Hello everybody. I run a fairly popular GMod server at the moment, reaching 32 players maximum pretty much daily. It’s a very CPU intensive gamemode, dealing with LOTS of entities. Let’s say an average of 30 entities per player, if not more. It is currently hosted on a game server provider, which I feel is restricting maximum performance on my server. I am looking to switch to a VPS, but I do not know much about it, in terms of minimum requirements, recommendations for good reliable VPS, etc. I would like to think in terms of growth, i.e I plan to start at least 2 new servers in the next 6 months. Can anybody give me some advice?
If I were you I would go with NFO they have really good VPS’ and their support is godly.
If the entities you mentioned are using lots of vphysics, you’ll want to stick with windows boxes for the best performance. I would recommend going with an MC-32 windows box from OVH. It’s pricey, but you’ll get the best performance out of the server in my experience running intensive build servers. You can also easily run a few garrysmod servers on it.
Make sure your server has good ddos protection, I’ve been suspended from 8 hosts in total in Australia. You’re going to get attacked.
Make sure your provider doesn’t oversell hardware. While Nfoservers, Vultr are considered good - they still oversell.
Consider not getting a VPS as your performance will be variable depending on load. I’ve yet to be given truly dedicated physical cores.
What’s your price range?
I’ve had better results on Linux with gmod HPS.
I’ve been looking at NFO, Linode, etc, they are all quite pricy. I was trying to snag something for $50 or less that would be reliable.
I’ve never had a problem with NFO overselling in the 8 years I’ve been with them.
NFOServers is fantastic if you are hosting anything besides DarkRP. Their system would automatically restart our server if the CPU usage was over a certain percent for 5 minutes or so. If I have a project come up now that’s DarkRP based, I go to GMCHosting instead now.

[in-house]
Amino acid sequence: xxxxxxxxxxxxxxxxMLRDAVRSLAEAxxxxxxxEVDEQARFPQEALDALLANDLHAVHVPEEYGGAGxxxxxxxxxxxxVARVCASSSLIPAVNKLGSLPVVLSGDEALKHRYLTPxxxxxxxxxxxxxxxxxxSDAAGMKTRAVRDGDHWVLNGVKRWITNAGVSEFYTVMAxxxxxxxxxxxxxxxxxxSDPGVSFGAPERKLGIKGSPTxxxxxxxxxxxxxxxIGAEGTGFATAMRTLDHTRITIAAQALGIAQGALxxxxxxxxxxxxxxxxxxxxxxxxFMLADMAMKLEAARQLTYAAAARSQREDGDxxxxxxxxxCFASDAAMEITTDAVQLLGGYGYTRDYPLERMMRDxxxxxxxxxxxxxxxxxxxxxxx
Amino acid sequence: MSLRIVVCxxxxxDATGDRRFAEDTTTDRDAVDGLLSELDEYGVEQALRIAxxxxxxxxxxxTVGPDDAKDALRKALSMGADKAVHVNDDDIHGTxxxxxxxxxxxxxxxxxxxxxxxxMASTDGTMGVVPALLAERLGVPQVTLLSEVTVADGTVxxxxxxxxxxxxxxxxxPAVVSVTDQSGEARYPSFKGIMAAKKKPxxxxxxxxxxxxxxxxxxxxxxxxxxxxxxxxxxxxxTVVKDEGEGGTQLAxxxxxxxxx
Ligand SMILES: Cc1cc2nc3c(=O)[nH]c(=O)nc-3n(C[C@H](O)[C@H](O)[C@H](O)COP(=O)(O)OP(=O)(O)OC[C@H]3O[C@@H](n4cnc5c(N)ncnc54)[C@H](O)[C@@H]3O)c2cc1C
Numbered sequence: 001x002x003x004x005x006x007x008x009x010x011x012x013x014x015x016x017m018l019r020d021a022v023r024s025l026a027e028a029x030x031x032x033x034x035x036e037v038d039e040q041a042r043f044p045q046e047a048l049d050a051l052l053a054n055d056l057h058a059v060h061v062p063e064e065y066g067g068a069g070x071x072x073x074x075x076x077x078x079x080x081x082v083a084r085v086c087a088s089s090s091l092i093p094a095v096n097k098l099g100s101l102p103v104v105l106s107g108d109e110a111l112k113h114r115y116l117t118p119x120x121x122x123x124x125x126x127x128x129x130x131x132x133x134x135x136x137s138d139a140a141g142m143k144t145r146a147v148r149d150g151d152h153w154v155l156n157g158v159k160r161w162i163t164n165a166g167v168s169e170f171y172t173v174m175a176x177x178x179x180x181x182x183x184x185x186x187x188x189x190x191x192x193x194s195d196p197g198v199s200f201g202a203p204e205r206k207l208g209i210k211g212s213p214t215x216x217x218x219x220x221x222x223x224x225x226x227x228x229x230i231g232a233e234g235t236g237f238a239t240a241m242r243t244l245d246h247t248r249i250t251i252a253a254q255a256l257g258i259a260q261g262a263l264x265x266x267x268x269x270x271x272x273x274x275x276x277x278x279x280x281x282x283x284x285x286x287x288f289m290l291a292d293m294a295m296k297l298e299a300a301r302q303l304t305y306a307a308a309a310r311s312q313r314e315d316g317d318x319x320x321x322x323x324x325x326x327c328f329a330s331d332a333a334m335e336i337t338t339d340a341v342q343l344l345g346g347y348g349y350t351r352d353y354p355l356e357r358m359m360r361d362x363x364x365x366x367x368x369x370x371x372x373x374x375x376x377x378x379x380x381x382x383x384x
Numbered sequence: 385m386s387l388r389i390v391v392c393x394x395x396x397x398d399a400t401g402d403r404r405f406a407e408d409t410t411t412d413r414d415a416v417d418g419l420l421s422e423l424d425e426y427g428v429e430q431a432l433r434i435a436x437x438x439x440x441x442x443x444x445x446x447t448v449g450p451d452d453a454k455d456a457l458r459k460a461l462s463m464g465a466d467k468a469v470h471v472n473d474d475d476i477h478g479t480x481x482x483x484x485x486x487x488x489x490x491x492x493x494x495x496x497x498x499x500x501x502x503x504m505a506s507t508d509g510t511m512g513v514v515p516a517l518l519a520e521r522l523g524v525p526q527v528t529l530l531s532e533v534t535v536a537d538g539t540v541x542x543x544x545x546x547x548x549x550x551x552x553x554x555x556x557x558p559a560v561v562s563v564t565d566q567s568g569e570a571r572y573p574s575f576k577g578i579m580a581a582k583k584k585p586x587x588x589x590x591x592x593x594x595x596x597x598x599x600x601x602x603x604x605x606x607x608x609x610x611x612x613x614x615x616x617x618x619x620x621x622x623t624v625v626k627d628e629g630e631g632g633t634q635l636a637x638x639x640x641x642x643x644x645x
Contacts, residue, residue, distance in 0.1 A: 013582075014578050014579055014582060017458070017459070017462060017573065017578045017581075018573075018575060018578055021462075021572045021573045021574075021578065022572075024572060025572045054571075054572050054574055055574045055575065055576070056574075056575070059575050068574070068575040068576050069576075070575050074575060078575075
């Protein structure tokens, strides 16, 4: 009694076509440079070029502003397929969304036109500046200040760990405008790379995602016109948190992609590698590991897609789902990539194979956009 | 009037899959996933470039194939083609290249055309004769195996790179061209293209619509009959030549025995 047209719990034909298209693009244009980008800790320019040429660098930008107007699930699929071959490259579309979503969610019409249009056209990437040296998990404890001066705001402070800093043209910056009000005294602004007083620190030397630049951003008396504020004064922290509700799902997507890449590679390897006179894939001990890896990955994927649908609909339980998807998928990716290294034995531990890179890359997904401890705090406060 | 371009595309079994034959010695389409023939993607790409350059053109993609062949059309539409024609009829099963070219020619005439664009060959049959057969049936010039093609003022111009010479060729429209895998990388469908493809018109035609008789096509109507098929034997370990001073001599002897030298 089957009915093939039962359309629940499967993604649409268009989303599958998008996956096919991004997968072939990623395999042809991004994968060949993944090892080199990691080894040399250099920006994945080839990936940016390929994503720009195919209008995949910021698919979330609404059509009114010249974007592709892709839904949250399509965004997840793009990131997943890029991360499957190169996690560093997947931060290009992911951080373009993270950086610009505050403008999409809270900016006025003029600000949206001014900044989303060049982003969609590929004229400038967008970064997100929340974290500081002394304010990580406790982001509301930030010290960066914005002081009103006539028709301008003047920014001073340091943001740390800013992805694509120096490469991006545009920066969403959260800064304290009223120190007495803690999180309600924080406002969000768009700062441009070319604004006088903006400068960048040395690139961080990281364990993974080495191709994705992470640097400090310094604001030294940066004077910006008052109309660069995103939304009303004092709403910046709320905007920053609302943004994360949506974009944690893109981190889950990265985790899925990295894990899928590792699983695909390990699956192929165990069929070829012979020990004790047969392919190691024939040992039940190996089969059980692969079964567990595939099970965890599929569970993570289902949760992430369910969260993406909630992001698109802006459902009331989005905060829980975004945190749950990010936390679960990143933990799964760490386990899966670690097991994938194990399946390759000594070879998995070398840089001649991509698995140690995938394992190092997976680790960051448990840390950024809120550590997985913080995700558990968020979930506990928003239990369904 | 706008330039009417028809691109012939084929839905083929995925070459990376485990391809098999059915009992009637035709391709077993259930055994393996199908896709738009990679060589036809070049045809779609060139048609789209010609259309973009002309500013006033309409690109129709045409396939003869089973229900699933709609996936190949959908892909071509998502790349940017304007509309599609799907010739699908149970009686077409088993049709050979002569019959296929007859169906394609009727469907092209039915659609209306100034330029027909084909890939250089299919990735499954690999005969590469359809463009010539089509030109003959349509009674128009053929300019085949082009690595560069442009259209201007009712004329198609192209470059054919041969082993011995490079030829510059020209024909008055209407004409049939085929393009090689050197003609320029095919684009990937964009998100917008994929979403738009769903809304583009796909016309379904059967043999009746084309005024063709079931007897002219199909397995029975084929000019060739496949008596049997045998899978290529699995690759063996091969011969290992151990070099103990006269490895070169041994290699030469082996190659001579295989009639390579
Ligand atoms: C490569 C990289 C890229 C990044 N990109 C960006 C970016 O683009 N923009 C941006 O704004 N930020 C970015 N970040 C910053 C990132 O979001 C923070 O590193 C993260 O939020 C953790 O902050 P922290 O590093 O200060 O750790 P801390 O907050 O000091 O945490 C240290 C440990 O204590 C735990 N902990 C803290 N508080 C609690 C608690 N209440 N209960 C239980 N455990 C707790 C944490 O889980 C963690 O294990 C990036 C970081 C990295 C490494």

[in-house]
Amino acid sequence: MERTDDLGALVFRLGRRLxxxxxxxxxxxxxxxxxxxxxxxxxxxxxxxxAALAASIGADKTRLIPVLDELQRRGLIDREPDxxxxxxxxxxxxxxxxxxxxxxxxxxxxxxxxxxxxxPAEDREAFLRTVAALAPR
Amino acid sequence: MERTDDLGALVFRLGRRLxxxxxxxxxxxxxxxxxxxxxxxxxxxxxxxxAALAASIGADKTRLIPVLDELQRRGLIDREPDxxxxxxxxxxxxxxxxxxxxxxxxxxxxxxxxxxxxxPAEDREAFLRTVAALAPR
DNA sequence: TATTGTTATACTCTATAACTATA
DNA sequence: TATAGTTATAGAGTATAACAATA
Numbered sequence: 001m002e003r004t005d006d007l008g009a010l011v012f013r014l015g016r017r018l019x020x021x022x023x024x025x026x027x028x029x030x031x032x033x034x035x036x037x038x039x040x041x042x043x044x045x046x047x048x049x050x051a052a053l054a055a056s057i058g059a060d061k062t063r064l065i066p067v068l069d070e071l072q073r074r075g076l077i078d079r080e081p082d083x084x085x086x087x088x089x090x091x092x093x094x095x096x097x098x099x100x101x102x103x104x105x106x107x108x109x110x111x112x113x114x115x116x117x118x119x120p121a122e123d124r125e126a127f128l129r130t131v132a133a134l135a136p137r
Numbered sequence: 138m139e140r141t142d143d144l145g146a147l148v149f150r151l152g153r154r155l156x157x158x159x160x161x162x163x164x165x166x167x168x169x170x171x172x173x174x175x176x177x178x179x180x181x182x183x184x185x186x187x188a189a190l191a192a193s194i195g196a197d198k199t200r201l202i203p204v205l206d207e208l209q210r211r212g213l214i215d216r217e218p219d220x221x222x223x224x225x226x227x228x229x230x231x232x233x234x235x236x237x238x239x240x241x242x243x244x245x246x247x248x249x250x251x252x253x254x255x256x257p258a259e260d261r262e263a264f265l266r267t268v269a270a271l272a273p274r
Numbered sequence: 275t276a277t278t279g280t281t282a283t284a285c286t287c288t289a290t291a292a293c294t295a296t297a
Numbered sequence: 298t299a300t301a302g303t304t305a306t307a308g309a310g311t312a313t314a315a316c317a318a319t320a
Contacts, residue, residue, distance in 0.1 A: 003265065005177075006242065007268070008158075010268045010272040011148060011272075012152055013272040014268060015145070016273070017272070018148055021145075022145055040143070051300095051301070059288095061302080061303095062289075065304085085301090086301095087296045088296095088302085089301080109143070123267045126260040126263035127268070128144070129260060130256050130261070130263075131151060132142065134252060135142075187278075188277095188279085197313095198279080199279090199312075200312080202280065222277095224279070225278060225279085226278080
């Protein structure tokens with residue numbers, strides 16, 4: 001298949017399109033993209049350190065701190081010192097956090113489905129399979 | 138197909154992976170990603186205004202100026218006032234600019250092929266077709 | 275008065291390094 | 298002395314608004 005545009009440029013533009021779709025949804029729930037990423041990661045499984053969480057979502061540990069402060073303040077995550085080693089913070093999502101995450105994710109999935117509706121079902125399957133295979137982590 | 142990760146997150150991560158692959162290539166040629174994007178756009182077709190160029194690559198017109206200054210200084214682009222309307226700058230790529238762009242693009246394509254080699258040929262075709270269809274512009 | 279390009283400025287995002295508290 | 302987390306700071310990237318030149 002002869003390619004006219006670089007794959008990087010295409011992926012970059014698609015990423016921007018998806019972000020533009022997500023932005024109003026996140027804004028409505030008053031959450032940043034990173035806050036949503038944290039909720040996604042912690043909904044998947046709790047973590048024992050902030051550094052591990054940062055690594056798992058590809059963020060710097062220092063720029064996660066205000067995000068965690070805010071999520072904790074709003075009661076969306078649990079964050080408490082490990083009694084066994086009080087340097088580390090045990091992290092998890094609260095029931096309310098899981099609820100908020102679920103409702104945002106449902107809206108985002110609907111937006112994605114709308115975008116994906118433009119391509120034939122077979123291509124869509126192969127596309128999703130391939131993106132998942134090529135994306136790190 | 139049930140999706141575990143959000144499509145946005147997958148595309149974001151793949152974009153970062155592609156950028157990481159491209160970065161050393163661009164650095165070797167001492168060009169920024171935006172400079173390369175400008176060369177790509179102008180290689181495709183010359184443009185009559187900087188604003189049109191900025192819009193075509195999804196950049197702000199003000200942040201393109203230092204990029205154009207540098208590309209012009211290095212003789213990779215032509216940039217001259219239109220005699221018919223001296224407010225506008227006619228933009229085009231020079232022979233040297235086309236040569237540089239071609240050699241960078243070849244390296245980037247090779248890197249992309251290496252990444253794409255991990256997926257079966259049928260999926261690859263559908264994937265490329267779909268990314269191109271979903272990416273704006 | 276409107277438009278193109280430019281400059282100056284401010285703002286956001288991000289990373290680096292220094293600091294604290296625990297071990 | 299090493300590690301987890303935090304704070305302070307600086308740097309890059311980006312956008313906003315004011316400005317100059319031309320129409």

I’ve sent an offer to your inbox. We own a rack of liquid-cooler, overclocked machines - in a datacenter located in Dallas TX.
Although we usually do high-performance games such as - 80 slot, increased tick Squad server. 24 slot, increased tick NS2 servers. Etc.
I’ve tried out these guys before and they did just fine on a high physics based gamemode. My only problem with them is the lack of datacenters and limited bandwidth.
I was thinking about going with an NFO vps at one point since my experiences with NFO managed servers were really well, but they won’t tell you what the clock speed of your server CPU will be, even after submitting a support ticket asking what I’d be paying for. They just said “Intel Sandy Bridge or better”.
As far as requirements go, you’ll want 2 cores and 2 threads per server on the machine. Srcds doesn’t use more than that if I recall correctly.
Sure it does. It’s a well threaded game, and has been for quite some time.
If you use Linux, use this command:
ps -p **PID **-L -o pid,tid,psr,pcpu
Replace PID with the process ID and you’ll see how many threads the game uses, which CPU they’re assigned to and the CPU usage.
If you want a cheap but solid VPS host, I suggest Strato.
Let it be known that their customer is … well non existing.
Like others above me already told you, you don’t need a high tier VPS to run things smoothly.
Hope you find what you are looking for!
One warning though, I emailed NFOservers pretty recently about their VPSes and they told me that they do run different hardware from what they run their dedicated game servers on, and that they will have less single-core performance.
Why do you specifically want a VPS op? Most VPS providers are going to be like this, they buy CPUs with higher core counts but lower per-core performance, because it allows them to keep prices low and is just fine for what people typically use cheap VPS servers for.
You seem to be seeking more performance; which isn’t what a VPS is for. You buy a VPS specifically because you want more control and responsibility, not performance.